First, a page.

Every working day they transport more than 130,000 lunch boxes throughout Mumbai, the world’s fourth-most-populous city. That entails conducting upwards of 260,000 transactions in six hours each day, six days a week, 52 weeks a year (minus holidays) but mistakes are sporadic.

The speed and accuracy of the Dabbawalas were made even more impressive with the fact that they didn’t employ any form of technology, not even a cell phone.

These semi-illiterate individuals had impressed Harvard Business School not only to publish a case study on them but also to give them a “Six Sigma” grading which means that the Dabbawalas made less than 3.4 mistakes per million transactions (BBC 2017). Naturally, Fortune 500 such as FedEx and Sir Richard Branson of Virgin Airlines are some of the notable companies who had spent time learning from them.

Lastly, the top 10 skills in 2020 identified by the World Economic Forum in its Future of Jobs Report, are:

  • Complex Problem Solving
  • Critical Thinking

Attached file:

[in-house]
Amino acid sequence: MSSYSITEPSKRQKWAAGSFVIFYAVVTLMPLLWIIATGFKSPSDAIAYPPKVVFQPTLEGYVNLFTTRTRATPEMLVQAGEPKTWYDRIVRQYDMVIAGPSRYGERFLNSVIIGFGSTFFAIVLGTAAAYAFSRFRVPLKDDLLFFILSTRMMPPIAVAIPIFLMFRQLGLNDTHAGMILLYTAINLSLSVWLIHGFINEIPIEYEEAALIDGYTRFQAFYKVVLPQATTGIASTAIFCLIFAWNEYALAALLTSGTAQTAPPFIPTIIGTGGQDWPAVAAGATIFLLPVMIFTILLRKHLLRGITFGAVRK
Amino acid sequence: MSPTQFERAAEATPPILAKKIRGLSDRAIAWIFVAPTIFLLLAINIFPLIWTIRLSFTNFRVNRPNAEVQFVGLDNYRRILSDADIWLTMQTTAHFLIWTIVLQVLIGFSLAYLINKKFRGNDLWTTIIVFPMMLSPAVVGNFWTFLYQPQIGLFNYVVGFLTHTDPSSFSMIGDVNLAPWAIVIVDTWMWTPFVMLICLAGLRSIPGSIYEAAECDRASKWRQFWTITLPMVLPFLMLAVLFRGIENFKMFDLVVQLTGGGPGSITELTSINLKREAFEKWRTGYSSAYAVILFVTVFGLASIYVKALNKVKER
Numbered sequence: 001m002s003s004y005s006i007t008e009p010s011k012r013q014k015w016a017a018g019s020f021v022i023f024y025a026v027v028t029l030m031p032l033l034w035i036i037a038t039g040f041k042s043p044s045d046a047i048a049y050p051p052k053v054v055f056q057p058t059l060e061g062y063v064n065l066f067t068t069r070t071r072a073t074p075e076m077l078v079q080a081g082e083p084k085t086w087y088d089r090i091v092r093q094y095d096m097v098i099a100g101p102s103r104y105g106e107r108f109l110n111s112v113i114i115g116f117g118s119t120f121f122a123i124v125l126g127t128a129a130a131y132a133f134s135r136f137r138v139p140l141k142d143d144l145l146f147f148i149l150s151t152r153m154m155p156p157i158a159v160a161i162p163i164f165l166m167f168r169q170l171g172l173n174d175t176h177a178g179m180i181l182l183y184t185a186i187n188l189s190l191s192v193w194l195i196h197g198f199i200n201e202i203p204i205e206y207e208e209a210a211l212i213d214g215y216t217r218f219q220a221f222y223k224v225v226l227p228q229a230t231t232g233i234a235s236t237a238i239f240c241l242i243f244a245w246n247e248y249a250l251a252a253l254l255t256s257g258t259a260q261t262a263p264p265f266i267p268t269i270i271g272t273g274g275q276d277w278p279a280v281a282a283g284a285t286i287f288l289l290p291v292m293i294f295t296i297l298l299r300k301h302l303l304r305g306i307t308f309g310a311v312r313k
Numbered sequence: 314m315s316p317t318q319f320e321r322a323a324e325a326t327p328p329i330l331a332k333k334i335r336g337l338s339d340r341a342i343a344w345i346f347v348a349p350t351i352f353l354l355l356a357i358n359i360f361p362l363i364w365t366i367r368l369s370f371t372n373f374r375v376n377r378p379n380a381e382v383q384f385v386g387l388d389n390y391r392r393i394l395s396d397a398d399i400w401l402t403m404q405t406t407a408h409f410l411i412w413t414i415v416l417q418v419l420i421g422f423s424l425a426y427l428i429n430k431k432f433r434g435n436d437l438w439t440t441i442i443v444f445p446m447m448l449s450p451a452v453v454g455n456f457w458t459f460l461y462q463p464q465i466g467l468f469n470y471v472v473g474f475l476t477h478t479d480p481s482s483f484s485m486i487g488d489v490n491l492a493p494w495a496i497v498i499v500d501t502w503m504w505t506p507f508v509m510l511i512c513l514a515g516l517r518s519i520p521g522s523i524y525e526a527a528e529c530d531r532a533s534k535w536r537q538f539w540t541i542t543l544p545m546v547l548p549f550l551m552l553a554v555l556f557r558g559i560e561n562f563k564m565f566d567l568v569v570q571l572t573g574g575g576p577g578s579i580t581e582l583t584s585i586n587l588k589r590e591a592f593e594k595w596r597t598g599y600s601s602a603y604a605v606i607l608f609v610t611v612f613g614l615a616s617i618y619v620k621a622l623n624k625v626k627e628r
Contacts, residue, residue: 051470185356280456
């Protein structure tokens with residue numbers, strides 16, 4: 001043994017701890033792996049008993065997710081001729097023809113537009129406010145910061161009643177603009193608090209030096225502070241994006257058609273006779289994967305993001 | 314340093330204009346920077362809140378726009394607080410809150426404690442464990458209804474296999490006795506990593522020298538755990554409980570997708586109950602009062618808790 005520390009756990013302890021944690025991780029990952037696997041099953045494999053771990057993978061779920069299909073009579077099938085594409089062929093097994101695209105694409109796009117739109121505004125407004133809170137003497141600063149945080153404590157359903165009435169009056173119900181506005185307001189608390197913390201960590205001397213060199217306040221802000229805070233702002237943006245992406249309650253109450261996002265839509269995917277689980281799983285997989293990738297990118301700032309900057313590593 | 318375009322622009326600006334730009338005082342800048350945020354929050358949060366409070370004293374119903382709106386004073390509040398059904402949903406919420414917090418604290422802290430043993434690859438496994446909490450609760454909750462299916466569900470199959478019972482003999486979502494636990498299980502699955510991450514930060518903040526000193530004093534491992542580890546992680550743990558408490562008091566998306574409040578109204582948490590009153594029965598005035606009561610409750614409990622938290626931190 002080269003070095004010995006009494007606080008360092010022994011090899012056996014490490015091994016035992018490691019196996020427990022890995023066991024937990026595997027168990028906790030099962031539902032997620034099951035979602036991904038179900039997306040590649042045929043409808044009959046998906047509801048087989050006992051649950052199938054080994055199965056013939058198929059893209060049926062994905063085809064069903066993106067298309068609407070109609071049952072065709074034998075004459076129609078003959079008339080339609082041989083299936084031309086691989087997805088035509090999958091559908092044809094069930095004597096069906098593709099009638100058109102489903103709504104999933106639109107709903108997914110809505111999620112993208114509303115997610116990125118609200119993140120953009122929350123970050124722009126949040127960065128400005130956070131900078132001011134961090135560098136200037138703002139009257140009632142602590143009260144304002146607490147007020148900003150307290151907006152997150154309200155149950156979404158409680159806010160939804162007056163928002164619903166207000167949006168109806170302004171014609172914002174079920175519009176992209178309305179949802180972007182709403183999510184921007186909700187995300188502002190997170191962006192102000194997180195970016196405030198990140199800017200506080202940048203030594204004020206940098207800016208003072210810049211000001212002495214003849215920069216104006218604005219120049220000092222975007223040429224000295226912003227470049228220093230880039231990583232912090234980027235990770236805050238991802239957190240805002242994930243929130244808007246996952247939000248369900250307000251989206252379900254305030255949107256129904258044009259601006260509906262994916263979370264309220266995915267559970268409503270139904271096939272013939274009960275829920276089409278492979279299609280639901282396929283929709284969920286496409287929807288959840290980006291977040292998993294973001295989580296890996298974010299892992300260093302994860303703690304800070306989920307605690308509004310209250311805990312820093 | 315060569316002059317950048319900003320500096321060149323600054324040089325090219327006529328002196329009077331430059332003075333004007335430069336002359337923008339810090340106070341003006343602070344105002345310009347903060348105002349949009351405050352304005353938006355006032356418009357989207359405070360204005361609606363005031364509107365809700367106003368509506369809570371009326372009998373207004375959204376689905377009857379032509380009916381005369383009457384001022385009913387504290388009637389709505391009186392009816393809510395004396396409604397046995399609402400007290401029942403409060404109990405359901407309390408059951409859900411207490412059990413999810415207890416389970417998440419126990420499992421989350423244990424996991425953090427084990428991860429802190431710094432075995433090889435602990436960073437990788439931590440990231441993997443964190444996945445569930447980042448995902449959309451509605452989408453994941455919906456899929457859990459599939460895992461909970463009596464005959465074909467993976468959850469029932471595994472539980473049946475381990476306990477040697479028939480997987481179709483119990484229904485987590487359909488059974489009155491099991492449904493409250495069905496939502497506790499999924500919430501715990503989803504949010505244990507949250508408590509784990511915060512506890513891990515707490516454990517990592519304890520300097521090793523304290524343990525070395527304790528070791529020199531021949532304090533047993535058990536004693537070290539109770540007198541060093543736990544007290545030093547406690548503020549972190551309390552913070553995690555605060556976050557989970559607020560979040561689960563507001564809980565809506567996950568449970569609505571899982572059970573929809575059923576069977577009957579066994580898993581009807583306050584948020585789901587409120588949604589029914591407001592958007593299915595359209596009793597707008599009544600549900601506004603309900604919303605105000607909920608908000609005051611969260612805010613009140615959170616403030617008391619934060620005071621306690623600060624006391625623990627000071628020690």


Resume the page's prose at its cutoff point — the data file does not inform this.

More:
• Creativity
  • People Management
  • Coordinating with Others
  • Emotional Intelligence
  • Judgment and Decision Making
  • Service Orientation
  • Negotiation
  • Cognitive Flexibility

One can deduce from the prior list that being prideful or prejudicial would hinder the acquisition of most of the skills which are paramount to being successful in the 21st century.

Find Your Destiny

Dwight David Eisenhower, or popularly known amongst his fighting men as “Ike,” was the Supreme Commander of the Allied Forces in Europe during World War II. In post-war America, Eisenhower was elected to be the 34th President of the United States of America. One of his famous quotes was the one mentioned in the TIME magazine on October 6th 1952, “Neither a wise man or a brave man lies down the tracks of history to wait for the train of the future to run over him”.

One’s destiny lies within his or her own free will, and it is one’s prerogative to make the best possible decision for oneself.

Netflix was forefront in putting Ike’s words to practice as an organization as a whole, with emphasis on freedom and responsibility as one of its core culture. Netflix describes this rare responsible person as someone who embodies the following behaviors:

  • Self-motivating
  • Self-aware
  • Self-disciplined
  • Self-improving
  • Acts like a leader
  • Doesn’t wait to be told what to do
  • Picks up the trash lying on the floor